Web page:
Lindsey v Butterfield Health Care
Ill App Ct

A patient had a fall in a nursing home and sued.  The patient wanted all documents relating to the fall.  The nursing home refused saying they were privileged since they were eventually reviewed by the Quality Assurance Committee.  The court would have one of that since the reports were produced prior to any peer review committee meeting.   

Sensenich v Morcos

The first trial against Excela Health and Dr. Ehab Morcos has began with jury selection.  About 112 suits have been filed against the system, Dr. Morcos and Dr. Bou Samra for unnecessary heart procedures.  

Cooper V VA

A patient with terminal prostate cancer is suing the VA for the actions of a nurse practitioner at the Phoenix center.  The NP did not send the patient for a urological exam after finding an irregular prostate in 2011.    He found out 11 months later he had terminal cancer.  After he was told there would be a long wait to see a physician after his diagnosis he went to a private physician for treatment.       Top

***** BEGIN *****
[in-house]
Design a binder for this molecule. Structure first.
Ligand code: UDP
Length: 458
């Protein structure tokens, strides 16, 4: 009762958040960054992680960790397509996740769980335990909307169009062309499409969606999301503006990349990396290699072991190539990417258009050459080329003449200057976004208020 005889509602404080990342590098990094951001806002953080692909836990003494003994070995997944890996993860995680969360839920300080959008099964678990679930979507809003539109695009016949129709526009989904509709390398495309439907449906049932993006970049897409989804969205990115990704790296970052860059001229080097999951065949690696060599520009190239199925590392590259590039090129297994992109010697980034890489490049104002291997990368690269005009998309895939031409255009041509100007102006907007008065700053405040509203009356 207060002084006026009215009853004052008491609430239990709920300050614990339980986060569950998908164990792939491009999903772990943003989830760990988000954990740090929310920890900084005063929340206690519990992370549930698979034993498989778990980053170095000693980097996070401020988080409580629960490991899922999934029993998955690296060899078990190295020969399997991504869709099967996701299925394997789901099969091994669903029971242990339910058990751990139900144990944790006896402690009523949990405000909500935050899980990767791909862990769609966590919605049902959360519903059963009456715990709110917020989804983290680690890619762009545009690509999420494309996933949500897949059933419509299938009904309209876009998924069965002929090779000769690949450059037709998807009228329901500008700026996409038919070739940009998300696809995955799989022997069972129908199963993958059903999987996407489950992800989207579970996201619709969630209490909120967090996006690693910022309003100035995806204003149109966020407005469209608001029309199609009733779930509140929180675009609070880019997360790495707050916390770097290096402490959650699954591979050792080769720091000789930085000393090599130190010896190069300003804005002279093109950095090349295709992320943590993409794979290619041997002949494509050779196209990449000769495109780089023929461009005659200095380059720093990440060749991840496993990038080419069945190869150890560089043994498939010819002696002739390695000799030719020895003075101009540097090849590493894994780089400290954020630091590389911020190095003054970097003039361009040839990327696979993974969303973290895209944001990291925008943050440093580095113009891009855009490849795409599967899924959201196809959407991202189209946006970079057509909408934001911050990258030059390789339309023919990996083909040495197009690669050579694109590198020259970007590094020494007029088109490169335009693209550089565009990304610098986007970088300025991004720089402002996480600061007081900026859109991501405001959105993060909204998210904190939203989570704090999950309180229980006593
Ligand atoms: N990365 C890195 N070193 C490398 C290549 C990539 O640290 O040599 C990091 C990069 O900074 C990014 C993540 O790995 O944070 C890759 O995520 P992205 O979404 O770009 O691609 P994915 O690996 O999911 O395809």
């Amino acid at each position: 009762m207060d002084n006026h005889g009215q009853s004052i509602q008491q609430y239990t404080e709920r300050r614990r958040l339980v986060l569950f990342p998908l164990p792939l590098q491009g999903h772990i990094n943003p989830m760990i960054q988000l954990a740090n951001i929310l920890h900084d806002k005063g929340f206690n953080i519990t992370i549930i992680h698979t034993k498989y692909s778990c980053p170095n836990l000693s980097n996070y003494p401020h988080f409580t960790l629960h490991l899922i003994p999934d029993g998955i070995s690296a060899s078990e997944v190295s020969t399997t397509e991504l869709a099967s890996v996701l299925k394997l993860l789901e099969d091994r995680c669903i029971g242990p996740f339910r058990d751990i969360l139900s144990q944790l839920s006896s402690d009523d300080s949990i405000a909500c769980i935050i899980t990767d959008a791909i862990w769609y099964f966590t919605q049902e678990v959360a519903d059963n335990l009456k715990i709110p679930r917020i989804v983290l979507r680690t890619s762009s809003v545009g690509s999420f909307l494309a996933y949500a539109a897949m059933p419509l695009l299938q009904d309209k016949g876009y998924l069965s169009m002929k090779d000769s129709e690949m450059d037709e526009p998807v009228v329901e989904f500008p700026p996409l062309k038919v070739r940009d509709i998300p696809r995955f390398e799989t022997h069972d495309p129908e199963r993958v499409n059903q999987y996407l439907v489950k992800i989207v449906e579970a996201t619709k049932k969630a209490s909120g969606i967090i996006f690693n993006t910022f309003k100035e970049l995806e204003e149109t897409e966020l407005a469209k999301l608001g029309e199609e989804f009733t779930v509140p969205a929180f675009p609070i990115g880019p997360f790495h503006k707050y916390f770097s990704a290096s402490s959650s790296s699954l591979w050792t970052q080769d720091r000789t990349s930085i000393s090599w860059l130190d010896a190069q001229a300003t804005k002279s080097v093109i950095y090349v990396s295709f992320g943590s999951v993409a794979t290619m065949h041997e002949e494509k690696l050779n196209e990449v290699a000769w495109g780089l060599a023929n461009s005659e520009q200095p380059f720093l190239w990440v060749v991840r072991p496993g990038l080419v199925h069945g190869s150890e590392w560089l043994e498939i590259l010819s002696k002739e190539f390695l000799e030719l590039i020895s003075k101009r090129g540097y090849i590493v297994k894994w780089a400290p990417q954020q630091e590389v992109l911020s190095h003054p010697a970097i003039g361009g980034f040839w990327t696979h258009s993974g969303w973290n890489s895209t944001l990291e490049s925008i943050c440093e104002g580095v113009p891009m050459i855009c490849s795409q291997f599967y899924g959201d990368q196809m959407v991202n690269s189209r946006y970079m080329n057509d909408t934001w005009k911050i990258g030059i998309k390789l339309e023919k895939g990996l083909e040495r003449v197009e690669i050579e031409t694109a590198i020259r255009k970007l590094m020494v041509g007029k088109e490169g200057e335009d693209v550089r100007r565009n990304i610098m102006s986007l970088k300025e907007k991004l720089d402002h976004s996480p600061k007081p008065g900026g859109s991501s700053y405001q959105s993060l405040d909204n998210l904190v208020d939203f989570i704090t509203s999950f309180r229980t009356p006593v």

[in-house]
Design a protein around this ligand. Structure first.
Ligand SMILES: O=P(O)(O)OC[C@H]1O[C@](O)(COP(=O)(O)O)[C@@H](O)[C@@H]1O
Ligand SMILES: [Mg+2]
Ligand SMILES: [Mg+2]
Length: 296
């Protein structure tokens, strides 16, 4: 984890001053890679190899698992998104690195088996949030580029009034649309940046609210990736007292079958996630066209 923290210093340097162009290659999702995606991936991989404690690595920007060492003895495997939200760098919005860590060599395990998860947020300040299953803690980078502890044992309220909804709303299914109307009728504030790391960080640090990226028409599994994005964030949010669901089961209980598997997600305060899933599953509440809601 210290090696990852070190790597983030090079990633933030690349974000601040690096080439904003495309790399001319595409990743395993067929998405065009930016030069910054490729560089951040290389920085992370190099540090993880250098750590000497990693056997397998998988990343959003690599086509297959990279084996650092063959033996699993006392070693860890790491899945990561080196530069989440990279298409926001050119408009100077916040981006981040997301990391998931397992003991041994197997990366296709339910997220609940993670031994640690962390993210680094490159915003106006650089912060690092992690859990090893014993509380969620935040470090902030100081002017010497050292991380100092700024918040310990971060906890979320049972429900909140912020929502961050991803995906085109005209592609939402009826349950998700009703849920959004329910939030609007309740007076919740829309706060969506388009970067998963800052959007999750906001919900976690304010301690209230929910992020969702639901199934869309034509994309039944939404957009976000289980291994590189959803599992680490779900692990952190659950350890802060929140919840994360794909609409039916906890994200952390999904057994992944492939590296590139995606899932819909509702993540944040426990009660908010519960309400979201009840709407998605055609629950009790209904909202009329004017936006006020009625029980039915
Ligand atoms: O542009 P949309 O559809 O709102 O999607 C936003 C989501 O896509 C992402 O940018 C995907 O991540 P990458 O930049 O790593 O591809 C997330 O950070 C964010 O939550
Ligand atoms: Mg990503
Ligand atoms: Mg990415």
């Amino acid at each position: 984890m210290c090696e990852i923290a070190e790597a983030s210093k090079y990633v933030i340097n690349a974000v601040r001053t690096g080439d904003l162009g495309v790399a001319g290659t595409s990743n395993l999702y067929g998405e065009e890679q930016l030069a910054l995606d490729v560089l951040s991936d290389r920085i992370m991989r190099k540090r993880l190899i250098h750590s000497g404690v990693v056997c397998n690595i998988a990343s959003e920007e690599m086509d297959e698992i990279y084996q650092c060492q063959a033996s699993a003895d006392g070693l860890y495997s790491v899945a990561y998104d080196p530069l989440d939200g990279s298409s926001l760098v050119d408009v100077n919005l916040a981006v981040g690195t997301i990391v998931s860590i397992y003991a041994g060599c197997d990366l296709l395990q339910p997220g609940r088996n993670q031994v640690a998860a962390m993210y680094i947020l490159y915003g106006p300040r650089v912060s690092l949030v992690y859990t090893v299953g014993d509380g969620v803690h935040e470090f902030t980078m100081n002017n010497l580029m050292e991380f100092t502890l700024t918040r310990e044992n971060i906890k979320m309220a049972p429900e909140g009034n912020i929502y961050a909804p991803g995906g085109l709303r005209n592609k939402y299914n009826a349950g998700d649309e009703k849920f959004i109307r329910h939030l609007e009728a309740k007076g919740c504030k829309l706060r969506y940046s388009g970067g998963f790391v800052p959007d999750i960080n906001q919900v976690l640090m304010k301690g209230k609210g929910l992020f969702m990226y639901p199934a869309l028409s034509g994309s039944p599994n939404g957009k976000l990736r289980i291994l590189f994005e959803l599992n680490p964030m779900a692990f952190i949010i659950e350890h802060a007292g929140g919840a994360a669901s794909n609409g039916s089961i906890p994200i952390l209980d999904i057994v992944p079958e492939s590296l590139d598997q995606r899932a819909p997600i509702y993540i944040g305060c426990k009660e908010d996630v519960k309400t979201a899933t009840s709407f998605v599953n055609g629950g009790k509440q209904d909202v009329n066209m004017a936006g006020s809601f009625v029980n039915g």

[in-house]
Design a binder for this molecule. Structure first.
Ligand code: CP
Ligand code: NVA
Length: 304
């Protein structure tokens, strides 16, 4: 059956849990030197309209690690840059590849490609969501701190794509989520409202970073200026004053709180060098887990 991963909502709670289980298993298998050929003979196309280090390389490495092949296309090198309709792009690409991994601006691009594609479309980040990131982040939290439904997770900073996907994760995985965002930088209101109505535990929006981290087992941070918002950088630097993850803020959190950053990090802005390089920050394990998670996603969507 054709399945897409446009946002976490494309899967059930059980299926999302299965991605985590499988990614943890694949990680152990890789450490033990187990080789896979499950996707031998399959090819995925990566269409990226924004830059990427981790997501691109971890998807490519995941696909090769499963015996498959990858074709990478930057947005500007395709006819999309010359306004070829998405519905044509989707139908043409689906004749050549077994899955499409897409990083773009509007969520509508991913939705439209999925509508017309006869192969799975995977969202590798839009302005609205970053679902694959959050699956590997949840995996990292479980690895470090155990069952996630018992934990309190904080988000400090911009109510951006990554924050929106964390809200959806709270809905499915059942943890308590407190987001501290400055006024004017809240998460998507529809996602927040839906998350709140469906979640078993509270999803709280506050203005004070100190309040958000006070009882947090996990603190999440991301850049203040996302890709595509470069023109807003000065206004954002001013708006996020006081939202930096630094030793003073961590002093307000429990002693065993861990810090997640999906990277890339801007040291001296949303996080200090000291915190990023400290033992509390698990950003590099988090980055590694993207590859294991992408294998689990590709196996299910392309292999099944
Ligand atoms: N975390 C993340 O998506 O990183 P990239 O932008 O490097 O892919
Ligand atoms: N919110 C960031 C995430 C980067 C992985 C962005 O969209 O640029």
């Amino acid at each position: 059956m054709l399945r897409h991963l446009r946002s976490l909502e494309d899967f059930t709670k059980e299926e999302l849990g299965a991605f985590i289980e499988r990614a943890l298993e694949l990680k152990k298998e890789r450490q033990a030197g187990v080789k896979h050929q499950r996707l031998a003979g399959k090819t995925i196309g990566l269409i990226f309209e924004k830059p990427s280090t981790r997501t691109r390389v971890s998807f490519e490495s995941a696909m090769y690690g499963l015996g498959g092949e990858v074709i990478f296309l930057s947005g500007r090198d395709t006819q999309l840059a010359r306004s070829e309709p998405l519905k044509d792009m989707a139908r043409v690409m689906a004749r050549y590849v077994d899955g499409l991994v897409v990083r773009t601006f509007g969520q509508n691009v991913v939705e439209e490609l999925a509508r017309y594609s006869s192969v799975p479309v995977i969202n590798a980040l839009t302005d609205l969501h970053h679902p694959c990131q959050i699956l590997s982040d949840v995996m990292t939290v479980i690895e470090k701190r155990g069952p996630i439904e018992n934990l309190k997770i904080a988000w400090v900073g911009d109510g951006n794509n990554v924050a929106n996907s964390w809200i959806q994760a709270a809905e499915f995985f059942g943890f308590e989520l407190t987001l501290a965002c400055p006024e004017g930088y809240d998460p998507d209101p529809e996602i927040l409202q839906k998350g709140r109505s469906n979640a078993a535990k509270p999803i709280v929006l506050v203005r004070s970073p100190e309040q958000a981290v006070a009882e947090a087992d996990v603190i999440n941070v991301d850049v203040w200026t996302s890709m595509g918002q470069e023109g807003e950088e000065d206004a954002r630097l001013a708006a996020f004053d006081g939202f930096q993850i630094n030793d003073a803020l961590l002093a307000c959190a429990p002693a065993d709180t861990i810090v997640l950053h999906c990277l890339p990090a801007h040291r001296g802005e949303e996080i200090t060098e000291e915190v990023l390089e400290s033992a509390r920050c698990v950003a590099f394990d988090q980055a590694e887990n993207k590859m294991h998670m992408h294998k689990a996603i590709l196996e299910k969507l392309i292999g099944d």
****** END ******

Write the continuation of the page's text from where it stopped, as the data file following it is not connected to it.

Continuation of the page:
Peer Review and Employment

Lopez v OptumRX
Arbitration Award

Dr. Jose Lopez of Tampa was awarded $1.5 million in his suit against the UnitedHealth subsidy for wrongly including him in the list of Medicare banned physicians.  The vendor put the wrong name on the list and then sent the list to pharmacies saying they would not be paid if they filled medicines form these physicians. Lopez found out about the mistake and notified Optum.  The not only id not correct the mistake but also sent letters to his patients saying he was banned from Medicare.  After Lopez hired a law firm Optum retracted the first letter to patients.  He sued for slander and won $500,000 in damages and $1 million in punis.   

Brasher v Thomas Jefferson University Hospital
3rd Circuit